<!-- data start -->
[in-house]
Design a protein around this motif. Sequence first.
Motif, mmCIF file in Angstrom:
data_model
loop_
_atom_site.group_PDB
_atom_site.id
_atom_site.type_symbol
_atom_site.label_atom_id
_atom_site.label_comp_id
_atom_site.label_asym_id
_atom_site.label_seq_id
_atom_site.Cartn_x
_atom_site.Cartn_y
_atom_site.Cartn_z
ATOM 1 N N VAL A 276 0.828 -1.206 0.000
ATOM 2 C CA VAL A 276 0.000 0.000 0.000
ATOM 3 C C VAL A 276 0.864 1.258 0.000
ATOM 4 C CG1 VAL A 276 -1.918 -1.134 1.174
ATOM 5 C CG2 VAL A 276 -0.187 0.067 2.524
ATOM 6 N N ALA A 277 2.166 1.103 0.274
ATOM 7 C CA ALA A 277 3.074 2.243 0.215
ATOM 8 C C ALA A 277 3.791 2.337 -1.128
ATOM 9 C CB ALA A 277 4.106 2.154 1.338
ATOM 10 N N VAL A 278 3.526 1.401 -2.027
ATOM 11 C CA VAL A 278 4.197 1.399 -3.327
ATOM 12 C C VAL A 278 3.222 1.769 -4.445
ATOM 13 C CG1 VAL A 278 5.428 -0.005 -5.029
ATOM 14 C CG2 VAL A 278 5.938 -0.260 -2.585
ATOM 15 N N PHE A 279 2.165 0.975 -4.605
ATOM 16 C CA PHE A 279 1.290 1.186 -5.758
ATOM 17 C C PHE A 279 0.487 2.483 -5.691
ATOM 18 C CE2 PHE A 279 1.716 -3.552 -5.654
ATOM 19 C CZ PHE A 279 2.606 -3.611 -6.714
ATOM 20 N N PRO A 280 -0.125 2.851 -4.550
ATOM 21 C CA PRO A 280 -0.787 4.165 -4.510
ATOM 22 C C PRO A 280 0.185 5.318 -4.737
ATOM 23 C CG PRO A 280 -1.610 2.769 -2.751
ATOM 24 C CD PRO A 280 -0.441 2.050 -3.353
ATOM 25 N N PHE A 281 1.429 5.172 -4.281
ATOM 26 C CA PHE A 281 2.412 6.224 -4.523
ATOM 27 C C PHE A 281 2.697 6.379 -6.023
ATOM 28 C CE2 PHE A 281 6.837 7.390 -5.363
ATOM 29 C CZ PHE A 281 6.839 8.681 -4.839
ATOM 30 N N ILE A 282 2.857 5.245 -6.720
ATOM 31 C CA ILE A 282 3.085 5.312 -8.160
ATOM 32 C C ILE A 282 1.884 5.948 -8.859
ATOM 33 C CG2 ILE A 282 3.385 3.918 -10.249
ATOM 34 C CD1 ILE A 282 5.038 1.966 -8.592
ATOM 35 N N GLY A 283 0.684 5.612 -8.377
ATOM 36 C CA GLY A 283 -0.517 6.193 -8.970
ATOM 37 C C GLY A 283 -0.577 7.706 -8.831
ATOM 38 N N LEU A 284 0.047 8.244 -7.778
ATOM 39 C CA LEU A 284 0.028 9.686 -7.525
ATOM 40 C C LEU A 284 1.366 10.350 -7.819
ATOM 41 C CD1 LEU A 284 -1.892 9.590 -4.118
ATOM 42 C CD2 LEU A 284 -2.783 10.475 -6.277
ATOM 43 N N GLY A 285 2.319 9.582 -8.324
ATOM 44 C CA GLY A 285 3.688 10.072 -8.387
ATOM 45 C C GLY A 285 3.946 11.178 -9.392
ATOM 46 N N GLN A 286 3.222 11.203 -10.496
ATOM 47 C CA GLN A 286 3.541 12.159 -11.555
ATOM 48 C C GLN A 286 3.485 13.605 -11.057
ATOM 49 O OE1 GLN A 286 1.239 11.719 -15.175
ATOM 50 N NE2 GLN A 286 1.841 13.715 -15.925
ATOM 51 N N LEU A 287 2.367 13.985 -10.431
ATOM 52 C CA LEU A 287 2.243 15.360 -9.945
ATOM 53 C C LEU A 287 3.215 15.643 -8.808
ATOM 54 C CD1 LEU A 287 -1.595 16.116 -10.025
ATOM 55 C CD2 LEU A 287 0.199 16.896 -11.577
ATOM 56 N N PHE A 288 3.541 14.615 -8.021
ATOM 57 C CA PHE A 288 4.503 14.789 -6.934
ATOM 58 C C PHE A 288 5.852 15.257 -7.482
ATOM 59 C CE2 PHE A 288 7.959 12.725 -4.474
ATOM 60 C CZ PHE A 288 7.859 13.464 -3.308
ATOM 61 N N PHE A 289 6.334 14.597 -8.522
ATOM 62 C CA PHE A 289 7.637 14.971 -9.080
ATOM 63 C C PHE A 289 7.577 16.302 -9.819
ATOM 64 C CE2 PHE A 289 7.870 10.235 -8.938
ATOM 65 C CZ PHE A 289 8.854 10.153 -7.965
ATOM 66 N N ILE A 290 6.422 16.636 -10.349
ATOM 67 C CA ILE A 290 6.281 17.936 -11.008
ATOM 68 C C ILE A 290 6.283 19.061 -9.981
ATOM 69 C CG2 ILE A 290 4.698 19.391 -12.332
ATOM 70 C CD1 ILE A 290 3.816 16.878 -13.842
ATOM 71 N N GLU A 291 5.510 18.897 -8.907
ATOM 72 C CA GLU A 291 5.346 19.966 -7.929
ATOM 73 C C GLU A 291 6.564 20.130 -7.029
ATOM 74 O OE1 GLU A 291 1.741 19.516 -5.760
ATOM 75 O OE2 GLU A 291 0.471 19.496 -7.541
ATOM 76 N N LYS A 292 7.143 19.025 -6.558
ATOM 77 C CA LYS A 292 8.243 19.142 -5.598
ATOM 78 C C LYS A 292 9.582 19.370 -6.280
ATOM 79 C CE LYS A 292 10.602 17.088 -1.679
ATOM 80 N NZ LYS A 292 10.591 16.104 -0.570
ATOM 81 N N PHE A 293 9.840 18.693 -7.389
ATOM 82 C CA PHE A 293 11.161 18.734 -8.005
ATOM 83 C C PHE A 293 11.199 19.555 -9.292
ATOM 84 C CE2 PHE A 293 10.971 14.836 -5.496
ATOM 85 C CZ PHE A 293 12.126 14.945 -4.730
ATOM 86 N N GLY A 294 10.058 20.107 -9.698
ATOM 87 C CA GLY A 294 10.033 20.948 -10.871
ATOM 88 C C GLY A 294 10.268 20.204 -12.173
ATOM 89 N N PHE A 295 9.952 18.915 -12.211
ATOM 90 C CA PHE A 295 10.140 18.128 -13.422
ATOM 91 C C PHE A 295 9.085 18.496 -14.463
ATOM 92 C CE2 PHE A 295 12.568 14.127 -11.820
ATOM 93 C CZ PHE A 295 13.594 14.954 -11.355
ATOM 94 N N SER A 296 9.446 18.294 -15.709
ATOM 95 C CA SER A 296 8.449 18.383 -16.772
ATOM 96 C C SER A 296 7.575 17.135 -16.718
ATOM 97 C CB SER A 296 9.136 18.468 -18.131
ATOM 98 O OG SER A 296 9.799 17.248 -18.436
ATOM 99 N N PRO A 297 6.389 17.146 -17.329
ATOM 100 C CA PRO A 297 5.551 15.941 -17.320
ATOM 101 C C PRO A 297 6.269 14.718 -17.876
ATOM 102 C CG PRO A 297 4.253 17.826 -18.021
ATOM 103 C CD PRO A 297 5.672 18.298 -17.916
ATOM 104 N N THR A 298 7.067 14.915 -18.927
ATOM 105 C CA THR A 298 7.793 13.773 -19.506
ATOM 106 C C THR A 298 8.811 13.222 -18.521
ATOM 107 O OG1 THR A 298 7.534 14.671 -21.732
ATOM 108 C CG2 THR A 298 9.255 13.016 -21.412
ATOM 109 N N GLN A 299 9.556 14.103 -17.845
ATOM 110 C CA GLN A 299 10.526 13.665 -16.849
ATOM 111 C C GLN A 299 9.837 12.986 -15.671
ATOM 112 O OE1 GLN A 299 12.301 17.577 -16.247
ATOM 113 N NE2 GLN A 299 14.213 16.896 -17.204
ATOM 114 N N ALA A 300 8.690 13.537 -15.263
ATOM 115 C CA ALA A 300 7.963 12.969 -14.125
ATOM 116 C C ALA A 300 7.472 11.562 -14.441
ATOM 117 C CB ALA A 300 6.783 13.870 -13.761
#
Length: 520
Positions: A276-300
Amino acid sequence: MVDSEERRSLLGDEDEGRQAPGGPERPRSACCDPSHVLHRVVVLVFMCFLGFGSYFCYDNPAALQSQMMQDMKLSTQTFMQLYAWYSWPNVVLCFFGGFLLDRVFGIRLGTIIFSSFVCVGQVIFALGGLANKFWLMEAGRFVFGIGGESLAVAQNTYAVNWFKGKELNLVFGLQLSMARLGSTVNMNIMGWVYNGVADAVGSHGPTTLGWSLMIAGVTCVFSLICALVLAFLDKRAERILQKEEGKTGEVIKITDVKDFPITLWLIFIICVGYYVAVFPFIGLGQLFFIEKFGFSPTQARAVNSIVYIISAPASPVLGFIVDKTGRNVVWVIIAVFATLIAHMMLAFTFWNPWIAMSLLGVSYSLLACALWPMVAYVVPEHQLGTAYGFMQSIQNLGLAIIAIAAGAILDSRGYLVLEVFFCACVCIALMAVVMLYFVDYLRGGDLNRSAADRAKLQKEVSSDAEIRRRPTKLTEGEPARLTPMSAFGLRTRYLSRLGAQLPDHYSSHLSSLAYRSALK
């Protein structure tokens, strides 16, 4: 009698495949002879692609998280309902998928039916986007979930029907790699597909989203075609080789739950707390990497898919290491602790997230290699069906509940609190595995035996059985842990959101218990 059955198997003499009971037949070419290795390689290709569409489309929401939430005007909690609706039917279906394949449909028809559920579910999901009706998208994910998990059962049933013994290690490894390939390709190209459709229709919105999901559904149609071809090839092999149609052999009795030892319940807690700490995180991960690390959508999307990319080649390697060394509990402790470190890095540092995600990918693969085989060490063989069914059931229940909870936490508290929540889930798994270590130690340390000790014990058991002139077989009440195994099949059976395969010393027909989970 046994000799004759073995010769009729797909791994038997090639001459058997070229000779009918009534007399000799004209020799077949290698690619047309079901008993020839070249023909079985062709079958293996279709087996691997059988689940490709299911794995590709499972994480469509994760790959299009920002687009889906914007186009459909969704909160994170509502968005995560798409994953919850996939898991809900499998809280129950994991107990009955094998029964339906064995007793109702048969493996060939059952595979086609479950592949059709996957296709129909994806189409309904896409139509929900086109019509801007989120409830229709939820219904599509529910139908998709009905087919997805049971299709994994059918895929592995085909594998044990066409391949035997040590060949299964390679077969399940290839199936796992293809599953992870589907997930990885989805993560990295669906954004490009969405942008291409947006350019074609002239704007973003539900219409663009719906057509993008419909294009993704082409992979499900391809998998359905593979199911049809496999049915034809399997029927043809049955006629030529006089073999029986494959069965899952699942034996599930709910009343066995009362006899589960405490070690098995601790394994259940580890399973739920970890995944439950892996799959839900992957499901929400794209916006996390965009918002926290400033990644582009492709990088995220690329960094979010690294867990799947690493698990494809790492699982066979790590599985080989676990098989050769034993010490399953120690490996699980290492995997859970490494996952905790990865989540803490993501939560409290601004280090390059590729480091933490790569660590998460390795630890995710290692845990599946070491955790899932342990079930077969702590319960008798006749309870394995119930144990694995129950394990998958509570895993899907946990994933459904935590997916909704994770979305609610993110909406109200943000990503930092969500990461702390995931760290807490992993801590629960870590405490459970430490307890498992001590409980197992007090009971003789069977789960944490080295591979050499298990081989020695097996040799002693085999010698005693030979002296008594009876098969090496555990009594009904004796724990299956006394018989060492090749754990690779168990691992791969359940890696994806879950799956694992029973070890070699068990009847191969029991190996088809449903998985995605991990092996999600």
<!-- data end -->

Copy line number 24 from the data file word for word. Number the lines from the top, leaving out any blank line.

ATOM 9 C CB ALA A 277 4.106 2.154 1.338